By the same token, let’s not take away from her the trappings of a mere mortal. She loved the sweet
delicacies, especially plum pudding served at tea time. She had a sense of
humor and distance from herself. She loved animals and especially dogs. Being a queen
does not dehumanize. It even provides an opportunity to appreciate in people what is good in them.
Elizabeth was able to see in her subjects their good qualities, while also trying to bring out that
What’s best about them. She wanted to be a role model for them by giving encouragement in the
difficult times and be an example in times of peace. Inspire, affirming
belief that the monarchy is their common asset, a legacy to be cultivated.
She never neglected her royal duties. After all, their fulfillment is
duty of everyone, whether they live in Buckingham Palace or on a single
From the streets of London. She made sure that everyone in the royal family participated in providing assistance
staff in the kitchen. Not out of obligation, which they did not have in this regard, but in a pleasant, truly friendly atmosphere. After all, they were all homemakers. She was not a possessive whiner.
She left it up to William to decide the choice of guests at his wedding.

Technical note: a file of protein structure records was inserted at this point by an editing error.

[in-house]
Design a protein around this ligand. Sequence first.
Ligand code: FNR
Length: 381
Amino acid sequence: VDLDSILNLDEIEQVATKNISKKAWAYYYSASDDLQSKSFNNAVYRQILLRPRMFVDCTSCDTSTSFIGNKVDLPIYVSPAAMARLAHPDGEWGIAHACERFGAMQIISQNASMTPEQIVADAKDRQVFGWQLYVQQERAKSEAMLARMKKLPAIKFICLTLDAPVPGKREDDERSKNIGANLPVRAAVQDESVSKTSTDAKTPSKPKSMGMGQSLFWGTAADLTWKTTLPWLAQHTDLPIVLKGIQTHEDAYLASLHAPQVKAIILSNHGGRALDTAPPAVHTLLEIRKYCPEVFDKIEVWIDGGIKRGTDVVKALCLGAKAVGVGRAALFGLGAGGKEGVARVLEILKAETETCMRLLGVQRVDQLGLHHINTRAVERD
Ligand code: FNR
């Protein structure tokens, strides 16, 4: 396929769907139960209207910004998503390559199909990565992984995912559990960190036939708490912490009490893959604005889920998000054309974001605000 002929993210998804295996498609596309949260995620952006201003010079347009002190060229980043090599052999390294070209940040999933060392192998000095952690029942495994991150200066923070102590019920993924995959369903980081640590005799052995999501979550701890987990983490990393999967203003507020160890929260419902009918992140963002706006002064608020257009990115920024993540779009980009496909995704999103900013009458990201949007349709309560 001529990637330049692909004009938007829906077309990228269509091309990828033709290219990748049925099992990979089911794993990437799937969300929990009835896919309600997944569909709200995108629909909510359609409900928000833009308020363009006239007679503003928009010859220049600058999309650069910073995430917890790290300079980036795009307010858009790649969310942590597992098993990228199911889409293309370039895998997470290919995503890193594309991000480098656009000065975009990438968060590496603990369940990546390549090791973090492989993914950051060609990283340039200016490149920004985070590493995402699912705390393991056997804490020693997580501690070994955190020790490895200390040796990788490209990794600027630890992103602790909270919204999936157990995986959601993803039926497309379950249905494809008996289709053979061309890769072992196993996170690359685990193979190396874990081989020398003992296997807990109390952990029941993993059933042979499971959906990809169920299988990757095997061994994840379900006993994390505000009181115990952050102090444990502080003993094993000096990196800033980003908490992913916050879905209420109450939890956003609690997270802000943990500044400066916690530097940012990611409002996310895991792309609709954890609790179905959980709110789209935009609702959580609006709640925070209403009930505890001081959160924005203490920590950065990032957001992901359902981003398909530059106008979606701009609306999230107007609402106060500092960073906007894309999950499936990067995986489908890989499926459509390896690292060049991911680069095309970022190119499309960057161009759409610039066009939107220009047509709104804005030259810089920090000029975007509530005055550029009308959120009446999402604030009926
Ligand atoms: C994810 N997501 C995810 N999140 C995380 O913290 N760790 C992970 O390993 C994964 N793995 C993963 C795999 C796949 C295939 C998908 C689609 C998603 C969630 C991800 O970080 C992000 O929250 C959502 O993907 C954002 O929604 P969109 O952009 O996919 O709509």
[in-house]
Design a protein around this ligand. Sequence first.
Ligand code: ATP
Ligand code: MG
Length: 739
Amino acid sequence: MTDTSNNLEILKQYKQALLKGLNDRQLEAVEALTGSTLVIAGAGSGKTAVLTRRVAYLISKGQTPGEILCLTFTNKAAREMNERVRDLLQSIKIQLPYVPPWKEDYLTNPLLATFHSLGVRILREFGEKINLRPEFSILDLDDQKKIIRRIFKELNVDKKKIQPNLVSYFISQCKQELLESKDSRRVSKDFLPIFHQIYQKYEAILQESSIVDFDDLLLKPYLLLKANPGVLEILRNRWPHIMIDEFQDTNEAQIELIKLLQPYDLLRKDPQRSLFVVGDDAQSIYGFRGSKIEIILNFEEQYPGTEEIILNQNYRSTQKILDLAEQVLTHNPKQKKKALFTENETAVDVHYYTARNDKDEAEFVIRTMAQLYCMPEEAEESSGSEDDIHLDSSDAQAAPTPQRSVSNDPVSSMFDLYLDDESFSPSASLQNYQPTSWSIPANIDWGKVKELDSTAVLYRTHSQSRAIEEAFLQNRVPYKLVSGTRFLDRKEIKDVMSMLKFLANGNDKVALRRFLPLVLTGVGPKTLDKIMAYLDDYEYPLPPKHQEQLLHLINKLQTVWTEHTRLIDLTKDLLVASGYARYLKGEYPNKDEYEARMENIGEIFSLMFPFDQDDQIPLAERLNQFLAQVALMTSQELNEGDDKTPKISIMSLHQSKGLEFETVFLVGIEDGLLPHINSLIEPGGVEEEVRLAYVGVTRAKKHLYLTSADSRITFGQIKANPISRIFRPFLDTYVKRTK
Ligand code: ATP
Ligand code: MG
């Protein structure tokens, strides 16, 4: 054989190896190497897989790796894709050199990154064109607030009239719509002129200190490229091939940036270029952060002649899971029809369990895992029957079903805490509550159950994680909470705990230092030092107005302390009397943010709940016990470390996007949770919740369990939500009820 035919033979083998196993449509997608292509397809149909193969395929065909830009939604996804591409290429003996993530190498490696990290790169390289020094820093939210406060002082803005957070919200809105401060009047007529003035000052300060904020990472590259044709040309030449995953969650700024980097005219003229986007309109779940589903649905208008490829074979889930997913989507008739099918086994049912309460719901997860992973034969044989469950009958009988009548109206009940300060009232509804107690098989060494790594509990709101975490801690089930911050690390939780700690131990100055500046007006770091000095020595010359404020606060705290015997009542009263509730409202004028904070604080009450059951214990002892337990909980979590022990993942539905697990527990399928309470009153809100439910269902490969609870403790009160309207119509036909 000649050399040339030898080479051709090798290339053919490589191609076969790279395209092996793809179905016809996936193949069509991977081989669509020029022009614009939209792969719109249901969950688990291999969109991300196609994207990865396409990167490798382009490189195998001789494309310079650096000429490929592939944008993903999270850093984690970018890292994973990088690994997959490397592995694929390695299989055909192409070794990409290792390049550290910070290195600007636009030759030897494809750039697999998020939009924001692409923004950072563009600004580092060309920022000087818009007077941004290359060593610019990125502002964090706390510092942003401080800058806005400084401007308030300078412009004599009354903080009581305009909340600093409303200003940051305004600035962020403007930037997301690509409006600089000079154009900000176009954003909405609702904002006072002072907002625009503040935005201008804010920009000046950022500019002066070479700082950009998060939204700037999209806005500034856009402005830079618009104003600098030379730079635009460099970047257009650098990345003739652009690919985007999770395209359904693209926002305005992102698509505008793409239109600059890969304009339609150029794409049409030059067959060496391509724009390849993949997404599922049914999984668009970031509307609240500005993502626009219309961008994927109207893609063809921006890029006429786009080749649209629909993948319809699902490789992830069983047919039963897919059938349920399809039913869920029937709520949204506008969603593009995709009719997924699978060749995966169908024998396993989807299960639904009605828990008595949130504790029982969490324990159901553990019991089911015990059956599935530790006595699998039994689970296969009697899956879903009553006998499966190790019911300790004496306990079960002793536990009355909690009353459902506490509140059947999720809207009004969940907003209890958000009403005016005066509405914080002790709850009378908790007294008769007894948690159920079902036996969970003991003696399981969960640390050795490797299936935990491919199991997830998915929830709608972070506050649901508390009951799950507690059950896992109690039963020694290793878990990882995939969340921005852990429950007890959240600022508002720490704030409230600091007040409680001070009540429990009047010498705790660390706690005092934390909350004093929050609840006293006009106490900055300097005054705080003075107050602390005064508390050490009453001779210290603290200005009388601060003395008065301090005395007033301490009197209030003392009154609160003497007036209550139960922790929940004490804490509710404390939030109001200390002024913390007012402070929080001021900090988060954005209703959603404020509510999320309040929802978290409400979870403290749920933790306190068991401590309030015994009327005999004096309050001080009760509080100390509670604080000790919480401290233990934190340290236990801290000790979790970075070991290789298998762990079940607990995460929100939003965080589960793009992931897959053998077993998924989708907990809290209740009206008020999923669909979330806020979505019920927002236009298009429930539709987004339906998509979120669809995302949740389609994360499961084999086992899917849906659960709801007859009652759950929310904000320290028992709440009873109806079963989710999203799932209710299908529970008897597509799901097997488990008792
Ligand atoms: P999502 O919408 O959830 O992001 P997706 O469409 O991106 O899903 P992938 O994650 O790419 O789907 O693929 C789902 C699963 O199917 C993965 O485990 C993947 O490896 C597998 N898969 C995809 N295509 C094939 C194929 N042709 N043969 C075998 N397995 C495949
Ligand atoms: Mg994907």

Modern as only a queen could be with Her seniority on the throne. She communicated via
via Skype a with the younger generation of subjects. Elizabeth II is much more than
image of the sovereign depicted on banknotes, stamps, or posters. Apparently in
For every woman, there are several women. Elizabeth was a queen, wife, mother, grandmother and great-grandmother.
In each of these roles, she fulfilled herself in a way that will preserve her memory for future ones
generations. As William said, “George and Charlotte will also discover how lucky they are,
That they have such a great great-grandmother – a role model for the rest of their lives.” Winston
Churchill wrote of Elizabeth when she was young: “She has an authoritarian character and a breath-taking
breast reflectivity for the child.”
She was romantic. When she was just 13 years old, she declared that she had fallen in love with Philip.
They began to exchange letters with each other. They announced their engagement on July 9, 1947 and got married in
November 1947 at Westminster Abbey. She accepted criticism with a kind of
a sense of royal style, suggesting that it should be carried out “with a bit of
humor, gentleness and understanding.”
Shakespeare wrote: “Restless is the head that wears the crown.” Elizabeth II wore it in the manner of
Adding to the majesty of the Empire. In the same way, moreover, she wore hats. She inspired
fashion designers around the world while remaining true to her tastes.
Black handbag and shoes, gloved hands and brightly colored outfits, all
Topped with an original hat.
Her faith gave her strength. By her own admission: “It gives a framework within which I try to lead
my life.” Thanks to her determination and sense of duty, she will be remembered for her
Ages. Not only by the British, by us as GentleWoman.